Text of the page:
That would depend on jurisdiction. I would love to see what would happen when DHS decides to try to take down a .CA domain name... .CA is under the purvey of CIRA, which is a Canadian non-profit. For such a takedown order to have *any* teeth at all, they'd have to convince a judge that Canadian law has been broken, and that there was a case to de-register the domain name. Good luck with that, for now, because Canadian copyright law is different from American copyright law, and because even if Canadian law were violated, there's procedures that they'd have to go through (dictated by the CIRA constitution) before they could actually de-register the domain name.

Most TLD's are hosted outside of the USA, and as such, the DHS/ICE would have similar problems going after almost any domain that doesn't end in .com, .org, .net, or .us. They could order foreign domains blocked by ISPs themselves in a DNS blackhole, but good luck enforcing that one, or they could order the Tier 1 links to adjust their routing to send the IP addresses into la-la land, but it's doubtful that either of those would happen except in particularly extreme cases.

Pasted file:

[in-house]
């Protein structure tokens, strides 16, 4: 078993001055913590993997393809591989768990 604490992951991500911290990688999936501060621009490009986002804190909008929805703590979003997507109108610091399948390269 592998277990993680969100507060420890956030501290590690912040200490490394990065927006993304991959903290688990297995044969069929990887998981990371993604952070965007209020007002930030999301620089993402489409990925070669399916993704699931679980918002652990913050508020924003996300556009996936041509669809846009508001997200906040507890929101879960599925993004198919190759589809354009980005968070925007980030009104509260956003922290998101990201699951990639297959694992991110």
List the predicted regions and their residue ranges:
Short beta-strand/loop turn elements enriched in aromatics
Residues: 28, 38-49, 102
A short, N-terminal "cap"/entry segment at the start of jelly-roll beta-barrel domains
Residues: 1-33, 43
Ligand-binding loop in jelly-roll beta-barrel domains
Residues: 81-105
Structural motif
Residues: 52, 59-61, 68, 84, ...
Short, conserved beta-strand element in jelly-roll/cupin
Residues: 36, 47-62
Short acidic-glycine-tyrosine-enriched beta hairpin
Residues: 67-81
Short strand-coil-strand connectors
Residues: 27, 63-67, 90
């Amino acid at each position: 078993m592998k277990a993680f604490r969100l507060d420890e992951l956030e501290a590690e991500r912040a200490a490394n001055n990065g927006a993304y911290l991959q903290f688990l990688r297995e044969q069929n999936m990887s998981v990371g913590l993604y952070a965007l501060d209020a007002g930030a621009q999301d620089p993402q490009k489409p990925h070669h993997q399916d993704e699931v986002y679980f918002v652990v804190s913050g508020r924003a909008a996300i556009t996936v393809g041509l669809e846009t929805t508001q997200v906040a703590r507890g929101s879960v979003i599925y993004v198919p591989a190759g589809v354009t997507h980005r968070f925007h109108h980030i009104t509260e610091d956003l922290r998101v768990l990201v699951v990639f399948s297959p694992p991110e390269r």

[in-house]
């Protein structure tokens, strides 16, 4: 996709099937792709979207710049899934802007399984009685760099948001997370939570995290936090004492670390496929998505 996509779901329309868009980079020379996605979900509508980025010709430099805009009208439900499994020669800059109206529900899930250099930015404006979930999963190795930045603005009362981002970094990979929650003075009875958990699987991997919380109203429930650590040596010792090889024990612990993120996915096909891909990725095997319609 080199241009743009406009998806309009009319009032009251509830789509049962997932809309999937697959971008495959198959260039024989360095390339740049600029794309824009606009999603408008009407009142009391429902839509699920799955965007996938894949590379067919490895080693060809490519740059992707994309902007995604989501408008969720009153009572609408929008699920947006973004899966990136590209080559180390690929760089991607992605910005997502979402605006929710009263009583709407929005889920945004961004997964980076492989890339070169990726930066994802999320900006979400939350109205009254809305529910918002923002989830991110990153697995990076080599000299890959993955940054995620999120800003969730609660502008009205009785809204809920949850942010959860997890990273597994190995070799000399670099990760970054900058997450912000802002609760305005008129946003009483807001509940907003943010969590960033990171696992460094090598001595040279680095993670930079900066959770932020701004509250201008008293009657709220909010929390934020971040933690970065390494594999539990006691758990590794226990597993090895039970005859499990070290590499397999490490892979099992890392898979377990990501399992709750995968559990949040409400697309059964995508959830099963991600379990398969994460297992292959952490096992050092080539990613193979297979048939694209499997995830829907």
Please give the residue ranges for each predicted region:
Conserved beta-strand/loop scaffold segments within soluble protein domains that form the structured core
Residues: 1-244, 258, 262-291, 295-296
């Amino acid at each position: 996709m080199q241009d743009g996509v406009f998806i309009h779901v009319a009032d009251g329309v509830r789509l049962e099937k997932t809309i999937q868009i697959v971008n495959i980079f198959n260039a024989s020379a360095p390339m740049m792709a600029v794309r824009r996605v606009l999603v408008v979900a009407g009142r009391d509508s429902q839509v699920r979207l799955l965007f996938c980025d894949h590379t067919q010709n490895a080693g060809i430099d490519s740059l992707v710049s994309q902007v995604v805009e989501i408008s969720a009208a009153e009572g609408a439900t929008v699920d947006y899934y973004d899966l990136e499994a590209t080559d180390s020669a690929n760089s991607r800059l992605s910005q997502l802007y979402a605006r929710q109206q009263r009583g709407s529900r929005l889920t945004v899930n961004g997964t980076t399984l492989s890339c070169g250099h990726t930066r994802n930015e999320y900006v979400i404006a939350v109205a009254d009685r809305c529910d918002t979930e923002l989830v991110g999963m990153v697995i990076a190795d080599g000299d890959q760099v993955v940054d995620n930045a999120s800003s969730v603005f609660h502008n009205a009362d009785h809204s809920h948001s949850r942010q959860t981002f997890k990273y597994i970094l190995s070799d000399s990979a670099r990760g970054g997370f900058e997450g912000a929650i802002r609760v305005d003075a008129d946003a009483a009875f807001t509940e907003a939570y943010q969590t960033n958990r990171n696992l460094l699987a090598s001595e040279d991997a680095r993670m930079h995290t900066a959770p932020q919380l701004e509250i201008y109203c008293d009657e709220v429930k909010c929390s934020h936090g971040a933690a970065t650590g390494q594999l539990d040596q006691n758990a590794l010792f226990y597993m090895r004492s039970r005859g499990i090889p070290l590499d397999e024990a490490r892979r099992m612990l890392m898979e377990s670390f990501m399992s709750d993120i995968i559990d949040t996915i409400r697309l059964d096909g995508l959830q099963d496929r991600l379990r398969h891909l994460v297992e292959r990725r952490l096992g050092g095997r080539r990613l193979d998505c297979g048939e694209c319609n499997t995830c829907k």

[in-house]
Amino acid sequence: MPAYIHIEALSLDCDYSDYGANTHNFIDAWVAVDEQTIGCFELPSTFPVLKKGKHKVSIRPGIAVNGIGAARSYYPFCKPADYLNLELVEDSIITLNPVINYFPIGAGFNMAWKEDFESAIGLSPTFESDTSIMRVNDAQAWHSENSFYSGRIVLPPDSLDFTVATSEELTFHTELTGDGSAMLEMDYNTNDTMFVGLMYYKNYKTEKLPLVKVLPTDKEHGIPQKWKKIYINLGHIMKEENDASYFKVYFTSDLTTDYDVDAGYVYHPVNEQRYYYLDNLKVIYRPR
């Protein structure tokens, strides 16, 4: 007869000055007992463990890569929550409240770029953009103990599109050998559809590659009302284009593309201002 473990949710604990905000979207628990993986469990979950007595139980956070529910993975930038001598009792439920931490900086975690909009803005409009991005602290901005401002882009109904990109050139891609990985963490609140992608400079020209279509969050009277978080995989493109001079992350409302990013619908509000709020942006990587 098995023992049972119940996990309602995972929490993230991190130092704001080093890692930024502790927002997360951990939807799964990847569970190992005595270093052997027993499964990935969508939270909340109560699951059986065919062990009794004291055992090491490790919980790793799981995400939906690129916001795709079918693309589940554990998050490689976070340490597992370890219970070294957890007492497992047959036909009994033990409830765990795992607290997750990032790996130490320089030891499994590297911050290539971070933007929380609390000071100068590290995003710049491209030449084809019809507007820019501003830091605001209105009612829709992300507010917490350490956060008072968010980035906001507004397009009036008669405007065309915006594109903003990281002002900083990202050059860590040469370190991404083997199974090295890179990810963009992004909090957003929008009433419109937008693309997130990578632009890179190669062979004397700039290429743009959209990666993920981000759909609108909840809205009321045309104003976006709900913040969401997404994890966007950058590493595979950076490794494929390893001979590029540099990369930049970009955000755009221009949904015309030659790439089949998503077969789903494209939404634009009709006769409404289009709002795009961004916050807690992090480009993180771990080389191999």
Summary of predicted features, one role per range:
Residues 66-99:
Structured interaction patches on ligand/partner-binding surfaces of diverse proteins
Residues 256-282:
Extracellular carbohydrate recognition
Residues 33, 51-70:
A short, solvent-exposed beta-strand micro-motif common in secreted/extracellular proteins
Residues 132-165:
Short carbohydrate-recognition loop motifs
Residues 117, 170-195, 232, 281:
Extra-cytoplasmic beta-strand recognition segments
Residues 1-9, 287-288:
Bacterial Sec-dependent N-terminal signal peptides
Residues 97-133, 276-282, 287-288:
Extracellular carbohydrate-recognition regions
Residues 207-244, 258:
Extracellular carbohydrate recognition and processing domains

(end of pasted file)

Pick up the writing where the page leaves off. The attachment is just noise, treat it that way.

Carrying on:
Which sort of begs the question... why the hell has TPB not switched over to a .se domain name?

Re:Set up your own DNS (0)

Anonymous Coward | about 3 years ago | (#37603524)

good idea, lets all talk to the root DNS servers directly. What could possibly go wrong ?

Re:Set up your own DNS (0)

Anonymous Coward | about 3 years ago | (#37603868)

gp is not saying you should try to use the root servers as dns caches...

Re:Set up your own DNS (0)

Anonymous Coward | about 3 years ago | (#37603822)

It makes sense in Belgium of course, if their filter is DNS based. Using a common DNS for an ISP can be beneficial in theory though. DNS records expire pretty quickly, but when there are 1000s of people hitting a cache, there's a good chance that major domains are cached. The ISP's DNS cache will generally have a faster internet connection that any customer, so it's also faster for the "look up authoritative NS, query authoritative NS" dance.

Simple DNS blocks dont really work (1)

mehrotra.akash (1539473) | about 3 years ago | (#37603138)

In India, they blocked mediafire,rapidshare,etc for about a week.

blocking was done on the IP level, even https traffic was blocked

Re:Simple DNS blocks dont really work (0)

Anonymous Coward | about 3 years ago | (#37603276)

Even these are poor solutions because anyone can setup their own VPS service in another country and SSH tunnel all the traffic through a proxy in that VPS server.